A God In Every Stone by Kamila Shamsie

I must admit, I delayed reading this book. Traversing two continents and digging through the remains of three empires, I am not ashamed (well, maybe slightly!) to concede that I was put off by the mere scope of this novel. Jumping from 515bc to 1914 in the first two pages didn’t help matters (I mean there’s historical fiction and then there’s this!) but I pressed on and I’m glad I did. The sheer ambition of this novel is admirable. Centred around the lives of Vivian Spencer, an aspiring English archaeologist and Qayyum Gul, the young Pathan and world war veteran, Shamsie deals with the interwoven stories, lives and breadths of human history and empire in an evocative and erudite manner. Whilst some have criticised the character development, I found her portrayal of Vivian as slightly aloof effective. Shamsie could have encumbered the story with vivid, sprawling descriptions of Vivian’s experience as a V.A.D nurse. I’m glad that she didn’t. After all, such accounts are readily available and have been the focus of many literary works. What is perhaps less readily available is her emphasis on the historically diverse and culturally rich city of Peshawar.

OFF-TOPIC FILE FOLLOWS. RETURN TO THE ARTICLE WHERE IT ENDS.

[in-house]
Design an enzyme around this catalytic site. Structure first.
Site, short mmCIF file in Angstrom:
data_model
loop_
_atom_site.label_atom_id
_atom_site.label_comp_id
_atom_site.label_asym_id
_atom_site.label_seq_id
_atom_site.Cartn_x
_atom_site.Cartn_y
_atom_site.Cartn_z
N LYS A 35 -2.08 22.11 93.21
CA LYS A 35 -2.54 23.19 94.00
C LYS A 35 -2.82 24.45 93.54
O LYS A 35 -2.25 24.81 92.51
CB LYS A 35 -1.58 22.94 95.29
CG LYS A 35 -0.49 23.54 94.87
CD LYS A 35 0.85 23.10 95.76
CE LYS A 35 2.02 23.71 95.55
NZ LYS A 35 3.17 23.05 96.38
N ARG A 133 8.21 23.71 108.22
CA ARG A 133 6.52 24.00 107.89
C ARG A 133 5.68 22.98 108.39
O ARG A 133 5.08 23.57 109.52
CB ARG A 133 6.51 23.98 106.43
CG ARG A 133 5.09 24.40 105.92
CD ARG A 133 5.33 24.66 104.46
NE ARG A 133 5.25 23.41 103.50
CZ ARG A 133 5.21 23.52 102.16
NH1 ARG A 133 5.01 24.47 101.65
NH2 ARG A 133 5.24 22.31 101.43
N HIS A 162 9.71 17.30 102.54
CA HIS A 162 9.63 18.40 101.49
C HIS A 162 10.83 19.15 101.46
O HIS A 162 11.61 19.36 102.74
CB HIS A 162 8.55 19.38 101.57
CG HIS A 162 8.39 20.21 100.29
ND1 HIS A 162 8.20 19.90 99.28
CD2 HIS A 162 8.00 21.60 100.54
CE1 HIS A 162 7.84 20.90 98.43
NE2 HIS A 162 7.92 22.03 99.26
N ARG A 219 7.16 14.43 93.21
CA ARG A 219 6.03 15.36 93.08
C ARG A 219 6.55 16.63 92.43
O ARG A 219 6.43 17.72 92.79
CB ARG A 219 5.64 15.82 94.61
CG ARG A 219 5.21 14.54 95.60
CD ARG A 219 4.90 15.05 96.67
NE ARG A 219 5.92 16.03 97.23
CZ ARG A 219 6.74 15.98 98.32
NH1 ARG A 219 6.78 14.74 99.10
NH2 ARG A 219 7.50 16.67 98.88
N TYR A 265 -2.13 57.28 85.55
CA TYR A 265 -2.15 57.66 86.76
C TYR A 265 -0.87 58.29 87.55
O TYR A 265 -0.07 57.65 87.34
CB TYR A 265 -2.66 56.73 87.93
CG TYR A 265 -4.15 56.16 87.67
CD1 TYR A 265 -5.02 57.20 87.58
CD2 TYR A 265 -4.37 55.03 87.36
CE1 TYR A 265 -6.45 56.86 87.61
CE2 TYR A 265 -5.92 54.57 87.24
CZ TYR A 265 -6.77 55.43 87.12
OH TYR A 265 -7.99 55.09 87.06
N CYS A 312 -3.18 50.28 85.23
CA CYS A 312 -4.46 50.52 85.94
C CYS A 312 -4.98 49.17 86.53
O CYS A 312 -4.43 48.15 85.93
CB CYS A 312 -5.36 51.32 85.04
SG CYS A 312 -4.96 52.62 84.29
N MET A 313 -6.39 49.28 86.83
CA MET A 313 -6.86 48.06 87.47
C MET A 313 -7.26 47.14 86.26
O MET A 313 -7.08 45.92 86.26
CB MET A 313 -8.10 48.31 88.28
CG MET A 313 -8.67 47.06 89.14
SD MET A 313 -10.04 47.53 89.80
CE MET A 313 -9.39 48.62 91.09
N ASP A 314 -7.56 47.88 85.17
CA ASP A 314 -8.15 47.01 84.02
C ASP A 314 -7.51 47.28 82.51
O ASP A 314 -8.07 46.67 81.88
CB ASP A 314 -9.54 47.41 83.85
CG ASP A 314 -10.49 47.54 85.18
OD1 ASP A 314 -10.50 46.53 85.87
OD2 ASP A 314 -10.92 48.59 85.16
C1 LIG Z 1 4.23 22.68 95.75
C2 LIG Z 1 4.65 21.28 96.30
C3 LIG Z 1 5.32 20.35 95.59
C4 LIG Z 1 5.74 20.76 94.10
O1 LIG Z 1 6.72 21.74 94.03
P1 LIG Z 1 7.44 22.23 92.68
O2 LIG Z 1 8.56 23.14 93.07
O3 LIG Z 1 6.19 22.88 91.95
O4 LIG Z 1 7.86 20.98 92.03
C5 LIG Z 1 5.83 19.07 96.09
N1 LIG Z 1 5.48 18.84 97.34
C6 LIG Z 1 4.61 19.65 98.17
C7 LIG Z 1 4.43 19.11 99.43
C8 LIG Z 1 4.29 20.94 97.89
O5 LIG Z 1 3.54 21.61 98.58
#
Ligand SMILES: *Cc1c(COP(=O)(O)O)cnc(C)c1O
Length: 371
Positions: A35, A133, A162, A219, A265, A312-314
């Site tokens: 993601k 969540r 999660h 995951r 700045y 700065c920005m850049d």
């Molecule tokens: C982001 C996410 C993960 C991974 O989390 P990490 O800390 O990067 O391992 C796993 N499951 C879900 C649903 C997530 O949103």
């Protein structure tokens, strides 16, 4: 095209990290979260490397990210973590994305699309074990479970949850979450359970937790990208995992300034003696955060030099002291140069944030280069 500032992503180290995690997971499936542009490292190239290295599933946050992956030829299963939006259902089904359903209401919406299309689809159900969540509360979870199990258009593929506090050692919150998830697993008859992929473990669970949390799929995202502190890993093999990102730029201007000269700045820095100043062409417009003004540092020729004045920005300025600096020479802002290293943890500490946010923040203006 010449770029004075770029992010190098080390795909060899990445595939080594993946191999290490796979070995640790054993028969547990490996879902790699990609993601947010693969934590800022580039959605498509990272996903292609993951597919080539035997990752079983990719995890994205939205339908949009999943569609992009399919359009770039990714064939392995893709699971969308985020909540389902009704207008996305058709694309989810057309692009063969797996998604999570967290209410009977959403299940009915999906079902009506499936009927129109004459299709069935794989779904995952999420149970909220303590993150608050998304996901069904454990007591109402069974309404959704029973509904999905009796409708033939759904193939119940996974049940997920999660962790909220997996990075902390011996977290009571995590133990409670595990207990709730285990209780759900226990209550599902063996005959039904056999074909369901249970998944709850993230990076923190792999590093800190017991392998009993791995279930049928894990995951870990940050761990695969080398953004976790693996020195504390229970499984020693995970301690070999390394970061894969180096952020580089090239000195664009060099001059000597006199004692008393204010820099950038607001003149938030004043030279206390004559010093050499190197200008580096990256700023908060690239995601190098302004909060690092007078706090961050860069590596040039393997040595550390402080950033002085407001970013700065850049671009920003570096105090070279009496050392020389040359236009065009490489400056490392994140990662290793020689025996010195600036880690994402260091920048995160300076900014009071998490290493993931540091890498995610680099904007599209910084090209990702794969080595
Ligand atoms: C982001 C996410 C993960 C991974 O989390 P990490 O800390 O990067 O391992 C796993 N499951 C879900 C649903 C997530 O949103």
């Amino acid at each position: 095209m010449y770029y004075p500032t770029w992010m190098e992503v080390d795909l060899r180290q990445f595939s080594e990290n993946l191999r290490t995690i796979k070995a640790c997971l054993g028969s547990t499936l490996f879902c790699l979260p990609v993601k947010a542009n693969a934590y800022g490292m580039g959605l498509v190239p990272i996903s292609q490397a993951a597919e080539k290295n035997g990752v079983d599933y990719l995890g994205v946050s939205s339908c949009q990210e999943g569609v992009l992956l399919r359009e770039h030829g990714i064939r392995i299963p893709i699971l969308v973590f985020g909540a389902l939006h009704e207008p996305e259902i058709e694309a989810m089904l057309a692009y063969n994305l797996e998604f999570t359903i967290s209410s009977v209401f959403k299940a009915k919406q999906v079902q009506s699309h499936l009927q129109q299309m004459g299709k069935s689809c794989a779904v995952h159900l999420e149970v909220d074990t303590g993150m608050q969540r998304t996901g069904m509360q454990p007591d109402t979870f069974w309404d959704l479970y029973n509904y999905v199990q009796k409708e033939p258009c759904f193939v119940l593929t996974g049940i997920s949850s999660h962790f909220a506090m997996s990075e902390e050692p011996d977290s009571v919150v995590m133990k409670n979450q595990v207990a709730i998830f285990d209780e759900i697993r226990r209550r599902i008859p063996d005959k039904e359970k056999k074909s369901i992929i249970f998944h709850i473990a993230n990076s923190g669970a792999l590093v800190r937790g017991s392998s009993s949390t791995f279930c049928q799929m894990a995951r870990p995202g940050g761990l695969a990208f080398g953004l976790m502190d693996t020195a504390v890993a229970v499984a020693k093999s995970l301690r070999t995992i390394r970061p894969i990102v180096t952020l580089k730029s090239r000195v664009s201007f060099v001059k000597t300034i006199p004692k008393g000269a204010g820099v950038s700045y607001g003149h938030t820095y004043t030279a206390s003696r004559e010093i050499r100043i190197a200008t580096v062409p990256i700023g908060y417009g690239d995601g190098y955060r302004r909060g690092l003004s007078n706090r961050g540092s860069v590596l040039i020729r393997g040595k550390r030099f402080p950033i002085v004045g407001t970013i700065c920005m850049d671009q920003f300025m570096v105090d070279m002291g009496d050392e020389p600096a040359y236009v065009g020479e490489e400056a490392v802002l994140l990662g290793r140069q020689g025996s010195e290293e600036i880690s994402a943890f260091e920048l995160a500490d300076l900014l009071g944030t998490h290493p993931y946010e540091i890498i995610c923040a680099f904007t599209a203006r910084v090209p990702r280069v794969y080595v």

Shamsie’s treatment of empire and colonial attitudes are clear and beautifully surmised in the closing passages of the book, yet something in the execution of the novel fell short for me. It felt rushed and instead of imparting any lasting impression once I had finished (as all great books do), I was left wanting more. Whilst this was disappointing, I will say that it is not the defining feature of the novel. What I take from it, what stood out most for me was discovering a (now) Pakistani city as the focal point, as a crossroads for empires throughout the ages, “.. Because there’s more past than present there. Two and a half thousand years of history beneath its soil.” It was refreshing to read a pre 9/11, pre partition telling of the city as a vibrant, historical place of interest and even better to see a Pakistani female writer putting it back on the map.

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